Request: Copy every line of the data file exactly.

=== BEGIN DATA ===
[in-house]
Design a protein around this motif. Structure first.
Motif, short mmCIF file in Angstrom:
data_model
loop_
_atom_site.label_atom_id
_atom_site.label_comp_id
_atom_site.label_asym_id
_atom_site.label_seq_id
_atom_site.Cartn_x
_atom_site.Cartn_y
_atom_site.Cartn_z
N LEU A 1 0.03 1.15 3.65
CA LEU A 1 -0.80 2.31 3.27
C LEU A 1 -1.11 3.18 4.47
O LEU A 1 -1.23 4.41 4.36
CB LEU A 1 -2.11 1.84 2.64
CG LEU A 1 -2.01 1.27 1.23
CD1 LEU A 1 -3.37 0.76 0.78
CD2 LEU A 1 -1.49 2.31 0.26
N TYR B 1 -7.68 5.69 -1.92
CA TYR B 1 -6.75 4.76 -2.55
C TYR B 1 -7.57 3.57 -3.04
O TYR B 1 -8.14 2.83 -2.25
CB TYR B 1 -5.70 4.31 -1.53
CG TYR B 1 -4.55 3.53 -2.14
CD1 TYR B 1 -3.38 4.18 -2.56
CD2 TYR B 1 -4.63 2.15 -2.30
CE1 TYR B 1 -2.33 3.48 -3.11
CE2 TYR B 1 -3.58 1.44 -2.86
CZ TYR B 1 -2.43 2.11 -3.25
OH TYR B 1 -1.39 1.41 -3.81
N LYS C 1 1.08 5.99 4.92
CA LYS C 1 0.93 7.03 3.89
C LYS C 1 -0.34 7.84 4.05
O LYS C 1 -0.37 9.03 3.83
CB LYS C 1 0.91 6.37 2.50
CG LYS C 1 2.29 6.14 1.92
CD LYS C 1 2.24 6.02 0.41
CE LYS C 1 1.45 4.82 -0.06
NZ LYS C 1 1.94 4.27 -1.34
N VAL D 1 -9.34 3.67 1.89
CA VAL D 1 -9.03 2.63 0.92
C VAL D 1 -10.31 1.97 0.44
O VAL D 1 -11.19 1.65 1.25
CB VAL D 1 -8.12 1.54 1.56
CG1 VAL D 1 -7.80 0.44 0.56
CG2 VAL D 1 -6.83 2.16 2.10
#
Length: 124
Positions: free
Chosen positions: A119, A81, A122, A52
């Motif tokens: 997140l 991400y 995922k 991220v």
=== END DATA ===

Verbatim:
[in-house]
Design a protein around this motif. Structure first.
Motif, short mmCIF file in Angstrom:
data_model
loop_
_atom_site.label_atom_id
_atom_site.label_comp_id
_atom_site.label_asym_id
_atom_site.label_seq_id
_atom_site.Cartn_x
_atom_site.Cartn_y
_atom_site.Cartn_z
N LEU A 1 0.03 1.15 3.65
CA LEU A 1 -0.80 2.31 3.27
C LEU A 1 -1.11 3.18 4.47
O LEU A 1 -1.23 4.41 4.36
CB LEU A 1 -2.11 1.84 2.64
CG LEU A 1 -2.01 1.27 1.23
CD1 LEU A 1 -3.37 0.76 0.78
CD2 LEU A 1 -1.49 2.31 0.26
N TYR B 1 -7.68 5.69 -1.92
CA TYR B 1 -6.75 4.76 -2.55
C TYR B 1 -7.57 3.57 -3.04
O TYR B 1 -8.14 2.83 -2.25
CB TYR B 1 -5.70 4.31 -1.53
CG TYR B 1 -4.55 3.53 -2.14
CD1 TYR B 1 -3.38 4.18 -2.56
CD2 TYR B 1 -4.63 2.15 -2.30
CE1 TYR B 1 -2.33 3.48 -3.11
CE2 TYR B 1 -3.58 1.44 -2.86
CZ TYR B 1 -2.43 2.11 -3.25
OH TYR B 1 -1.39 1.41 -3.81
N LYS C 1 1.08 5.99 4.92
CA LYS C 1 0.93 7.03 3.89
C LYS C 1 -0.34 7.84 4.05
O LYS C 1 -0.37 9.03 3.83
CB LYS C 1 0.91 6.37 2.50
CG LYS C 1 2.29 6.14 1.92
CD LYS C 1 2.24 6.02 0.41
CE LYS C 1 1.45 4.82 -0.06
NZ LYS C 1 1.94 4.27 -1.34
N VAL D 1 -9.34 3.67 1.89
CA VAL D 1 -9.03 2.63 0.92
C VAL D 1 -10.31 1.97 0.44
O VAL D 1 -11.19 1.65 1.25
CB VAL D 1 -8.12 1.54 1.56
CG1 VAL D 1 -7.80 0.44 0.56
CG2 VAL D 1 -6.83 2.16 2.10
#
Length: 124
Positions: free
Chosen positions: A119, A81, A122, A52
């Motif tokens: 997140l 991400y 995922k 991220v």